To be a perpetrator of this kind of violence is to know that cultural and social attitudes will often ensure a complete absence of liability. Researchers in 2009 found that roughly one-third of domestic violence reports result in a prosecution, which is higher than some imagine, but still depressingly low — and this reflects only the cases that are reported. A study of defendants in 2002 found that one-third of those brought up on violent felony charges were there because of a domestic violence case. Twenty thousand people pick up the phone to a domestic violence hotline every day.
Intimate partner and family violence is a pervasive problem in the United States, and the tendency to treat it as an internal matter is hurtful for everyone. It hurts victims in the immediate short term, because they internalize the message that this is a private matter and not something they should report, even when violence threatens to become fatal. Notably, in a violent household, the presence of a gun escalates the risk of homicide by 500 percent, the National Coalition Against Domestic Violence claims.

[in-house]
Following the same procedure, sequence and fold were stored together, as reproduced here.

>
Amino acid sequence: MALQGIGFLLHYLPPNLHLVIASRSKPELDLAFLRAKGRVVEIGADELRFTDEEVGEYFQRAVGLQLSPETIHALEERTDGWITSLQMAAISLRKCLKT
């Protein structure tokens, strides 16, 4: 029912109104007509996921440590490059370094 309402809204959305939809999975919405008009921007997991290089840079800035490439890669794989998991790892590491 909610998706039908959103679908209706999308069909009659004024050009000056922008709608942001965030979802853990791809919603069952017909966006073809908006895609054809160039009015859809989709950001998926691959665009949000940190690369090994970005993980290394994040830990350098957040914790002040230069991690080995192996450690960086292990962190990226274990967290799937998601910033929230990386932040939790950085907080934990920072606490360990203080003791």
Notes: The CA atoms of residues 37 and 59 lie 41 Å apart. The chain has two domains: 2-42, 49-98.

But it has bigger implications as well. People who learn that it is OK to be violent to partners, family members, and pets learn by extension that it is OK to be violent in general. Domestic violence isn't a precursor to violence — it's an indicator that someone is violent, and as that person is emboldened by a lack of consequences, that violence is going to spread.
In 2014, Elliot Rodger went on a misogynistic rampage that killed six people and wounded 14 more. Prior to his attack, he'd distinguished himself with online rants, hurling hot drinks at two women, and trying to shove a woman off a ledge.
Robert Lewis Dear, who attacked a Planned Parenthood in Colorado Springs last year, had a documented history of domestic violence and sexual assault. Omar Mateen was so violent that his wife left him, but was still afraid to report it, before he entered Pulse on Latin Night and murdered 49 people.
This is not a new trend. Linkages between testing out violence at home and then bringing it into the outside world go back decades. Law enforcement agencies, advocacy groups, and even legislators attempting to restrict gun ownership for people with a history of domestic violence agree: If someone is violent and abusive at home, there's every reason to believe that violence will not stay confined to the home. Even if it did, that would be an inherent problem, because violence against anyone in any context is not acceptable, but it also represents a very clear intervention point for taking on rampage violence.